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WWF and actor Nicholas Hoult, along with his two childhood friends, Carlos Adams and Nick Atkins, will team up for a rigorous rickshaw run adventure to raise funds for rhino conservation. Asian rhinos are threatened by habitat loss, poaching for their horns and human-wildlife conflict. The money raised will help fund an ongoing translocation programme that aims to create a second viable rhino population in Nepal.

Nicholas, Carlos and Nick are embarking on this journey for both WWF and the Teenage Cancer Trust. The Rickshaw Run is a 3,000km Indian adventure where there is no set route and no backup support. The group will set-off from Cochin on 2 January 2017 and aim to arrive in Jaisalmer via Goa on 15 January. The Rickshaw Run is organised by the Adventurists, who also organise the Mongol Rally.

As part of their work with WWF, Nicholas and Carlos will visit Chitwan National Park, which is home to around 605 of the country’s 645 rhinos and 120 of the estimated 198 tigers in Nepal. They will participate in a rhino monitoring activity and will meet park staff to discuss protection efforts within protected areas and buffer zones, as well as the use of new technologies in patrolling.

Nicholas and Carlos will also visit a small village called Baghkhor in Nepal overlooking Chitwan National Park. Here they will meet the individuals protecting forest landscapes from poaching and other illegal wildlife crimes. Rhinos and tigers now walk freely in this safe refuge and the village opened its doors to tourism through a growing homestay programme established in 2013.

The rhino translocation in Nepal, that the Rickshaw Run efforts will help support, will provide a new home for about eight of Chitwan’s rhinos in Bardia National Park and Shuklaphanta Wildlife Reserve. It is led by Nepal’s Ministry of Forests and Soil Conservation with the support of WWF, National Trust for Nature Conservation, the Nepal Army and local communities

This second phase follows a successful expedition in 2016 when five rhinos were moved from Chitwan National Park to Bardia National Park. All five translocated rhinos are adapting well to their new home, which once lost its entire rhino population to poaching.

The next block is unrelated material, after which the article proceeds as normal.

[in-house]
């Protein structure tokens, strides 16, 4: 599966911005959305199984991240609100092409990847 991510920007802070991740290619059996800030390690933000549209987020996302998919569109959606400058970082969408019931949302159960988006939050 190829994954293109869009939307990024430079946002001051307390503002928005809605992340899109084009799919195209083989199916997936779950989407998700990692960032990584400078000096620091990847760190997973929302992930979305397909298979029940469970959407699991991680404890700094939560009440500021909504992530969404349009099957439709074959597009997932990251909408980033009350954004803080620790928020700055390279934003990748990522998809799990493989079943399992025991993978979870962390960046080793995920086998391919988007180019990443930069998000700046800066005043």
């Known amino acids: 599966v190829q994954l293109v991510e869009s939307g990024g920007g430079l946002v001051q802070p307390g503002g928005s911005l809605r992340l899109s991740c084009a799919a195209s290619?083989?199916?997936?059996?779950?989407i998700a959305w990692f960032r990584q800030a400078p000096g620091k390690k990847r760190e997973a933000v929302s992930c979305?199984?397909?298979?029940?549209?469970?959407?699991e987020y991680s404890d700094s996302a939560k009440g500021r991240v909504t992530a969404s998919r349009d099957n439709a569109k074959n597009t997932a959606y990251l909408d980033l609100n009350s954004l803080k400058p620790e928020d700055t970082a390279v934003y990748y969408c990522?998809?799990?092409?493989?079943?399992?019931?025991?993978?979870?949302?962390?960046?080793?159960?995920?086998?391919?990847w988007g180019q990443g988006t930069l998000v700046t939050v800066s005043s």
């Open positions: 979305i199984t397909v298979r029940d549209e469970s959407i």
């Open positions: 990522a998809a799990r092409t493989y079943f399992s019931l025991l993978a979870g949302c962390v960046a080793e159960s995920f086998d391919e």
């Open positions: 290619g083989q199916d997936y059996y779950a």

Nicholas said “We’re really excited to go to India and start the challenge to help raise awareness and funds for these two great causes. I’ve been involved with Teenage Cancer Trust for over 5 years now, and Carlos and I recently saw for ourselves how they continue to positively impact young cancer patients and their families’ lives when we visited their unit at UCLH. Going to Nepal with WWF to see rhino’s in the wild is going to be an incredible experience that I know I will never forget. I hope to learn more about the conservation efforts to protect these remarkable animals’, their habitats, the local communities who live alongside them and all the important work WWF helps with”.

Join Nicholas and his friends by sponsoring their amazing efforts here

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Editor's notes

Find out more about rhino conservation:

WWF is one of the world’s largest independent conservation organisations, with more than five million supporters and a global network active in more than one hundred countries. Through our engagement with the public, businesses and government, we focus on safeguarding the natural world, creating solutions to the most serious environmental issues facing our planet, so that people and nature thrive.  Find out more about our work, past and present at Follow WWF-UK on Facebook, Big Cats Facebook, Twitter or Pinterest


For further information, please contact:
Sophie Lilley

Jenna Bonello


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